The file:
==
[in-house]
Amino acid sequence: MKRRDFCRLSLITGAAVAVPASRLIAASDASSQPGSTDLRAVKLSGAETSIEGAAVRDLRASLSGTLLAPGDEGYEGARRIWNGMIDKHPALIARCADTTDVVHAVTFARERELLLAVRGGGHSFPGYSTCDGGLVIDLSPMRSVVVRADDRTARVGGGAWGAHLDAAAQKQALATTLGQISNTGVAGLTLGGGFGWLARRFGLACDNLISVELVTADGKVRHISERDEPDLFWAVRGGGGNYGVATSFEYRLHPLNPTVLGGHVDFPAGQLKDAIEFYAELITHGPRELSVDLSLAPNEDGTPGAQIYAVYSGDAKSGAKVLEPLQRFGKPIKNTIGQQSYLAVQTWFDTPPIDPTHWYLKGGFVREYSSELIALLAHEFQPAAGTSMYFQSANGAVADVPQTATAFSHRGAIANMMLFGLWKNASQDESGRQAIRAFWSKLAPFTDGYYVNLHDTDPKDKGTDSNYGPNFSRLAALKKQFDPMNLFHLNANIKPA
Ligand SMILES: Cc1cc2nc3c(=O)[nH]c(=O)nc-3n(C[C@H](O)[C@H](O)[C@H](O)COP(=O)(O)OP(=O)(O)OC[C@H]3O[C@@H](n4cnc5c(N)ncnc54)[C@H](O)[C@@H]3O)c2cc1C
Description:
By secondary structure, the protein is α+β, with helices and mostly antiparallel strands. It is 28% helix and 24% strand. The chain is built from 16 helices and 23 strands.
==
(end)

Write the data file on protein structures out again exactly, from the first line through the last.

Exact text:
[in-house]
Amino acid sequence: MKRRDFCRLSLITGAAVAVPASRLIAASDASSQPGSTDLRAVKLSGAETSIEGAAVRDLRASLSGTLLAPGDEGYEGARRIWNGMIDKHPALIARCADTTDVVHAVTFARERELLLAVRGGGHSFPGYSTCDGGLVIDLSPMRSVVVRADDRTARVGGGAWGAHLDAAAQKQALATTLGQISNTGVAGLTLGGGFGWLARRFGLACDNLISVELVTADGKVRHISERDEPDLFWAVRGGGGNYGVATSFEYRLHPLNPTVLGGHVDFPAGQLKDAIEFYAELITHGPRELSVDLSLAPNEDGTPGAQIYAVYSGDAKSGAKVLEPLQRFGKPIKNTIGQQSYLAVQTWFDTPPIDPTHWYLKGGFVREYSSELIALLAHEFQPAAGTSMYFQSANGAVADVPQTATAFSHRGAIANMMLFGLWKNASQDESGRQAIRAFWSKLAPFTDGYYVNLHDTDPKDKGTDSNYGPNFSRLAALKKQFDPMNLFHLNANIKPA
Ligand SMILES: Cc1cc2nc3c(=O)[nH]c(=O)nc-3n(C[C@H](O)[C@H](O)[C@H](O)COP(=O)(O)OP(=O)(O)OC[C@H]3O[C@@H](n4cnc5c(N)ncnc54)[C@H](O)[C@@H]3O)c2cc1C
Description:
By secondary structure, the protein is α+β, with helices and mostly antiparallel strands. It is 28% helix and 24% strand. The chain is built from 16 helices and 23 strands.